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Am J Cardiol. 2010 Mar 15;105(6):862-4. doi: 10.1016/j.amjcard.2009.10.065.

Calcium metabolism in adults with severe aortic valve stenosis and preserved renal function.

Author information

1
First Department of Medicine (Cardiology, Angiology, Pneumology, Intensive Care Medicine, Hemostaseology), Universitätsmedizin Mannheim, Heidelberg University, Mannheim, Germany. kemal.akat@umm.de

Abstract

Data suggest a link of aortic stenosis (AS) with calcium and bone metabolism. To further investigate this, the following parameters were analyzed in 38 patients with severe AS and in 38 age- and gender-matched controls, without obstructive coronary artery disease and with preserved renal function: calcium, phosphate, 1,25(OH(2))-vitamin D(3), intact parathyroid hormone (iPTH), and osteoprotegerin. Patients with AS had significantly higher serum levels of calcium (2.63 +/- 0.28 vs 2.48 +/- 0.23 mmol/L, p <0.01) and phosphate (1.56 +/- 0.33 vs 1.38 +/- 0.26 mmol/L, p <0.01) and increased calcium-phosphorus products (4.16 +/- 1.13 vs 3.44 +/- 0.89 mmol/L(2), p = 0.003). Notably, the iPTH concentration in the AS group was lower, and significantly more patients in the AS group had levels less than the study median of 60 ng/L. Osteoprotegerin was elevated in patients with AS, confirming reports in other populations (9.94 +/- 5.96 vs 6.73 +/- 4.28 pmol/L, p = 0.009). The relations of several parameters to iPTH were also altered (AS vs controls): calcium and iPTH, 0.071 +/- 0.034 versus 0.046 +/- 0.023, p <0.0001; phosphate and iPTH, 0.042 +/- 0.020 versus 0.025 +/- 0.013, p <0.0001; vitamin D and iPTH, 0.99 +/- 0.61 versus 0.63 +/- 0.46, p = 0.006; and osteoprotegerin and iPTH, 0.24 +/- 0.15 versus 0.12 +/- 0.09, p <0.0001. In conclusion, these data support a hypothesis connecting (severe) AS to altered calcium and bone homeostasis.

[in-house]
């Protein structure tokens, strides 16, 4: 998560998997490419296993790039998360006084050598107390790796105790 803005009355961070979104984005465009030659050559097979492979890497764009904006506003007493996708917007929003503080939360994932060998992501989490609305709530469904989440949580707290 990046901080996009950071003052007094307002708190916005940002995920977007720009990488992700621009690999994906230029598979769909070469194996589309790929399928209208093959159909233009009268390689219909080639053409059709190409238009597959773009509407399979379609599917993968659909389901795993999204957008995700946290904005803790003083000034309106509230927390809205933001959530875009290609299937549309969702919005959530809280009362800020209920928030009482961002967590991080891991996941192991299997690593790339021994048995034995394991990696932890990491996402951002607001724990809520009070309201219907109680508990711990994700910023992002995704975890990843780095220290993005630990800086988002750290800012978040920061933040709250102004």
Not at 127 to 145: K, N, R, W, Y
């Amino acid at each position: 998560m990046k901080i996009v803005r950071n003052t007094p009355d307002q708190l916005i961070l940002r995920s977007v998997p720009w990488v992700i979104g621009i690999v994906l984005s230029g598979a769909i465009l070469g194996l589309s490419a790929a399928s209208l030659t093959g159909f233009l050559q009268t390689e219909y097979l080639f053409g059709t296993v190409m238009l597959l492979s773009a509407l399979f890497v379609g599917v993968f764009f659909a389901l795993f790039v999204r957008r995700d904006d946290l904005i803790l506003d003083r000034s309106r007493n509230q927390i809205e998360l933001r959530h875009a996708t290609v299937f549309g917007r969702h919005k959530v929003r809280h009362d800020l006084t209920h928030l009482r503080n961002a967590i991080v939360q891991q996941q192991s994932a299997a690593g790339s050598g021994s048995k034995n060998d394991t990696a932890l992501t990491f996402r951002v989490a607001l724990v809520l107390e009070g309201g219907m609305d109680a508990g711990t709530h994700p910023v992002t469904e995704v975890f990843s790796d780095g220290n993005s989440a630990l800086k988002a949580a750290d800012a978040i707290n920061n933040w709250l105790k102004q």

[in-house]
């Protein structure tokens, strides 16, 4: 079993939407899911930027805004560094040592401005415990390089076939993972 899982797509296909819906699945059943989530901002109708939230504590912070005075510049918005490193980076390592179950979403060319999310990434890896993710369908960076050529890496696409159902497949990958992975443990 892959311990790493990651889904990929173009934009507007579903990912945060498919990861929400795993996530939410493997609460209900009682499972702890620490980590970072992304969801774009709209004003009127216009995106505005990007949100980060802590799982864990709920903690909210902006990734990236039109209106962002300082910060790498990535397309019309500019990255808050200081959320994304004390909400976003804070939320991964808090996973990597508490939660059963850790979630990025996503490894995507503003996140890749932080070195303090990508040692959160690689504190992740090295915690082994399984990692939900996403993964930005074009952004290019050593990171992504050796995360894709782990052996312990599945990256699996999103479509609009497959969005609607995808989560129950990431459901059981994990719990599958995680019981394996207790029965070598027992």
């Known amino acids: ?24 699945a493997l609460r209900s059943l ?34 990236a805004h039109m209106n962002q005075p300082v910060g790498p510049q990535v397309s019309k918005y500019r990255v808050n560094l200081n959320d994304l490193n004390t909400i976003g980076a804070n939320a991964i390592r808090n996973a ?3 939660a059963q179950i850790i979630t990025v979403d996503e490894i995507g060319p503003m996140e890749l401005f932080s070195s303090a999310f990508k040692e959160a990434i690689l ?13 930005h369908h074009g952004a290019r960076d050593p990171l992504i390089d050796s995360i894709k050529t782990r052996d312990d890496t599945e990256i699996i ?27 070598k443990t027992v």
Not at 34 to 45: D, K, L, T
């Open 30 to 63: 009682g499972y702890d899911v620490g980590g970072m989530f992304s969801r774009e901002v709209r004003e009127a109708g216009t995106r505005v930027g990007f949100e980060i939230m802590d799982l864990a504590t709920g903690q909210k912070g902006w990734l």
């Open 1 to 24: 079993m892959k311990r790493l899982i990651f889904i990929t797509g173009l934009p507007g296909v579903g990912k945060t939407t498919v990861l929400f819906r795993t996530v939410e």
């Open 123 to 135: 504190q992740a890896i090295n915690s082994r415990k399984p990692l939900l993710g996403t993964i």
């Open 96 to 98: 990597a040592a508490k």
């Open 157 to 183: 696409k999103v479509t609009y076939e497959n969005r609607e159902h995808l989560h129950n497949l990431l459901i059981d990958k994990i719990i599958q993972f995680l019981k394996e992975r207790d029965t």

PMID:
20211333
DOI:
10.1016/j.amjcard.2009.10.065
[Indexed for MEDLINE]

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